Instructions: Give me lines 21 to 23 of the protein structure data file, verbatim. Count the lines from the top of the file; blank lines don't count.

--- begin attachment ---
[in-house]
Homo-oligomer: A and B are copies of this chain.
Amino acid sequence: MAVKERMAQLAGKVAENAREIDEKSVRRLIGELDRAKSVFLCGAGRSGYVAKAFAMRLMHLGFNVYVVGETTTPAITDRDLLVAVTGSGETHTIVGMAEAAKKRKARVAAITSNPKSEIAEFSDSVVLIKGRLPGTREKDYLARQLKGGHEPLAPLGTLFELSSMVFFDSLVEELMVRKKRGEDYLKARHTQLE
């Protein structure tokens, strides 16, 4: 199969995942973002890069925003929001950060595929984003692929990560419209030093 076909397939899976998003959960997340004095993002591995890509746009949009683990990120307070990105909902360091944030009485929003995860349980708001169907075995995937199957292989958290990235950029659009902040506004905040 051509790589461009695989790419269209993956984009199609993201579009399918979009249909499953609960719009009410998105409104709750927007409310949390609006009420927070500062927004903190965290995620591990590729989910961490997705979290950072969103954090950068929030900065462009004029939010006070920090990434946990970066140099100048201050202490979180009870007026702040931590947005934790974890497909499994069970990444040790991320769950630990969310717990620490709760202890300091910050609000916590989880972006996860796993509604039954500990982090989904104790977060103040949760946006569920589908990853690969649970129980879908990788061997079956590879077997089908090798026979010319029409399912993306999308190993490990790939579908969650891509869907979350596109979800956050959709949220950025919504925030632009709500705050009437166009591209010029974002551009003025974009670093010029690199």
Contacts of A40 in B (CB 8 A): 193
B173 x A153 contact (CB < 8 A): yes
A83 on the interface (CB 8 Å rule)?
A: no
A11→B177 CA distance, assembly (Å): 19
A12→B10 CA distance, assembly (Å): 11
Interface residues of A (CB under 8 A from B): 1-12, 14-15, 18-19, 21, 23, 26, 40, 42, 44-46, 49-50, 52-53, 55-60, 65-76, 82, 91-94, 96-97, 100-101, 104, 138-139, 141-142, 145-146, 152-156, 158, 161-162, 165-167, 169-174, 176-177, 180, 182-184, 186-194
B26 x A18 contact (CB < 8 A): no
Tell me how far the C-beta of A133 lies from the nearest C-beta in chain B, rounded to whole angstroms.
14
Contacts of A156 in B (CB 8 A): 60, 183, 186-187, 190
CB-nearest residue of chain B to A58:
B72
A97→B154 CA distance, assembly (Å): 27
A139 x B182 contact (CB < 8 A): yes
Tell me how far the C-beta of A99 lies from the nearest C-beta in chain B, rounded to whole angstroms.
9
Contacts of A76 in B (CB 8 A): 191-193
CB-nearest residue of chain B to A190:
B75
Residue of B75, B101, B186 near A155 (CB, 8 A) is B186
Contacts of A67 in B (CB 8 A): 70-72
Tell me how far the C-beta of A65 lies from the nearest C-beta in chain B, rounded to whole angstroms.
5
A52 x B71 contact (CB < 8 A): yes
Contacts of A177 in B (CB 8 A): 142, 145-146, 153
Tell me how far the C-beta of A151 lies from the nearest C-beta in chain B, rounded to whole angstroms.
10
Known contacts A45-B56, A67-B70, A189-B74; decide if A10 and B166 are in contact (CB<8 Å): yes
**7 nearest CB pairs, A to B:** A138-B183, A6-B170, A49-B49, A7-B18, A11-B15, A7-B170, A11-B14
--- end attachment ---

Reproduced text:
9
Contacts of A76 in B (CB 8 A): 191-193
CB-nearest residue of chain B to A190: